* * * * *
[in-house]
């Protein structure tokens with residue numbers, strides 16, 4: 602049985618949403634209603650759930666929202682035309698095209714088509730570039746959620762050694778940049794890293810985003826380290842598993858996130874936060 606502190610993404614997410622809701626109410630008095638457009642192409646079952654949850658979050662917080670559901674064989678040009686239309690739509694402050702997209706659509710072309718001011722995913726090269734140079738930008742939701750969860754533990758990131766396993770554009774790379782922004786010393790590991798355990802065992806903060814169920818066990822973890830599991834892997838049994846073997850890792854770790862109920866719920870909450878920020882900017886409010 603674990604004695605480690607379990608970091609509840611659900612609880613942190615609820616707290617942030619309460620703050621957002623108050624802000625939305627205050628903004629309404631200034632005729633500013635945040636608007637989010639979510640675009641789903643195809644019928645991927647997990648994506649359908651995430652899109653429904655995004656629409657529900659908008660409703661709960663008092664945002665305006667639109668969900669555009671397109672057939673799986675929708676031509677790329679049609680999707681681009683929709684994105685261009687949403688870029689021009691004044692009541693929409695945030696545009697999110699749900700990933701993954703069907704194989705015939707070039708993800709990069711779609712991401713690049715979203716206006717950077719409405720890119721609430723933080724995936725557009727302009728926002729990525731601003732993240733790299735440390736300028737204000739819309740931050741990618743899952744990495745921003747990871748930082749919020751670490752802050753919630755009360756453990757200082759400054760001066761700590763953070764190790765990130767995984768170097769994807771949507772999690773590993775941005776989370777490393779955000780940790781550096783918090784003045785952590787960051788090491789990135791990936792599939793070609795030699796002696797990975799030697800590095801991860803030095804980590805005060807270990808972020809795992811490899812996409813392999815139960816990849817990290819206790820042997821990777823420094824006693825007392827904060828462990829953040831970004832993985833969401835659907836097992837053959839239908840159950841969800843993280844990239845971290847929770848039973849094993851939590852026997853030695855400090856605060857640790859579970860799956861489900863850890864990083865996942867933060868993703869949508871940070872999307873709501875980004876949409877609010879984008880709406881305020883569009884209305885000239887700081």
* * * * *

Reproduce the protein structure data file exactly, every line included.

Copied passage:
[in-house]
């Protein structure tokens with residue numbers, strides 16, 4: 602049985618949403634209603650759930666929202682035309698095209714088509730570039746959620762050694778940049794890293810985003826380290842598993858996130874936060 606502190610993404614997410622809701626109410630008095638457009642192409646079952654949850658979050662917080670559901674064989678040009686239309690739509694402050702997209706659509710072309718001011722995913726090269734140079738930008742939701750969860754533990758990131766396993770554009774790379782922004786010393790590991798355990802065992806903060814169920818066990822973890830599991834892997838049994846073997850890792854770790862109920866719920870909450878920020882900017886409010 603674990604004695605480690607379990608970091609509840611659900612609880613942190615609820616707290617942030619309460620703050621957002623108050624802000625939305627205050628903004629309404631200034632005729633500013635945040636608007637989010639979510640675009641789903643195809644019928645991927647997990648994506649359908651995430652899109653429904655995004656629409657529900659908008660409703661709960663008092664945002665305006667639109668969900669555009671397109672057939673799986675929708676031509677790329679049609680999707681681009683929709684994105685261009687949403688870029689021009691004044692009541693929409695945030696545009697999110699749900700990933701993954703069907704194989705015939707070039708993800709990069711779609712991401713690049715979203716206006717950077719409405720890119721609430723933080724995936725557009727302009728926002729990525731601003732993240733790299735440390736300028737204000739819309740931050741990618743899952744990495745921003747990871748930082749919020751670490752802050753919630755009360756453990757200082759400054760001066761700590763953070764190790765990130767995984768170097769994807771949507772999690773590993775941005776989370777490393779955000780940790781550096783918090784003045785952590787960051788090491789990135791990936792599939793070609795030699796002696797990975799030697800590095801991860803030095804980590805005060807270990808972020809795992811490899812996409813392999815139960816990849817990290819206790820042997821990777823420094824006693825007392827904060828462990829953040831970004832993985833969401835659907836097992837053959839239908840159950841969800843993280844990239845971290847929770848039973849094993851939590852026997853030695855400090856605060857640790859579970860799956861489900863850890864990083865996942867933060868993703869949508871940070872999307873709501875980004876949409877609010879984008880709406881305020883569009884209305885000239887700081």